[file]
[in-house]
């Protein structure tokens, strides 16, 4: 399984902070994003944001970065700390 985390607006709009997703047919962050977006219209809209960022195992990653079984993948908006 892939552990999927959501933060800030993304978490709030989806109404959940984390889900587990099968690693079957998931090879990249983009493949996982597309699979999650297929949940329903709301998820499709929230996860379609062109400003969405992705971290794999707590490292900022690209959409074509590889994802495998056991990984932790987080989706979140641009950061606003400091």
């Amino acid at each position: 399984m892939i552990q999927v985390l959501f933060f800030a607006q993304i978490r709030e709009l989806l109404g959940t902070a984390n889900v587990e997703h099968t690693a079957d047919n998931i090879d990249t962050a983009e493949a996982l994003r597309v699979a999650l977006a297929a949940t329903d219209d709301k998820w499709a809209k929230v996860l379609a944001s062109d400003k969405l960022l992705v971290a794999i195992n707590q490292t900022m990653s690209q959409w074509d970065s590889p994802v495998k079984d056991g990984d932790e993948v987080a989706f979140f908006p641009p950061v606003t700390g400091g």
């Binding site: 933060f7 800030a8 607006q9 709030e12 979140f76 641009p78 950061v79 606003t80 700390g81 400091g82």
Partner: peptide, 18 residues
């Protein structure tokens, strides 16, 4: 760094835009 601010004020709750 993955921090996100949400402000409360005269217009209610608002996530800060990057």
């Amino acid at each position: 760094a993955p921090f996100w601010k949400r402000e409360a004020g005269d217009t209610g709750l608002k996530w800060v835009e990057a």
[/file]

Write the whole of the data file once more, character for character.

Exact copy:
[in-house]
């Protein structure tokens, strides 16, 4: 399984902070994003944001970065700390 985390607006709009997703047919962050977006219209809209960022195992990653079984993948908006 892939552990999927959501933060800030993304978490709030989806109404959940984390889900587990099968690693079957998931090879990249983009493949996982597309699979999650297929949940329903709301998820499709929230996860379609062109400003969405992705971290794999707590490292900022690209959409074509590889994802495998056991990984932790987080989706979140641009950061606003400091």
């Amino acid at each position: 399984m892939i552990q999927v985390l959501f933060f800030a607006q993304i978490r709030e709009l989806l109404g959940t902070a984390n889900v587990e997703h099968t690693a079957d047919n998931i090879d990249t962050a983009e493949a996982l994003r597309v699979a999650l977006a297929a949940t329903d219209d709301k998820w499709a809209k929230v996860l379609a944001s062109d400003k969405l960022l992705v971290a794999i195992n707590q490292t900022m990653s690209q959409w074509d970065s590889p994802v495998k079984d056991g990984d932790e993948v987080a989706f979140f908006p641009p950061v606003t700390g400091g």
């Binding site: 933060f7 800030a8 607006q9 709030e12 979140f76 641009p78 950061v79 606003t80 700390g81 400091g82």
Partner: peptide, 18 residues
């Protein structure tokens, strides 16, 4: 760094835009 601010004020709750 993955921090996100949400402000409360005269217009209610608002996530800060990057």
């Amino acid at each position: 760094a993955p921090f996100w601010k949400r402000e409360a004020g005269d217009t209610g709750l608002k996530w800060v835009e990057a």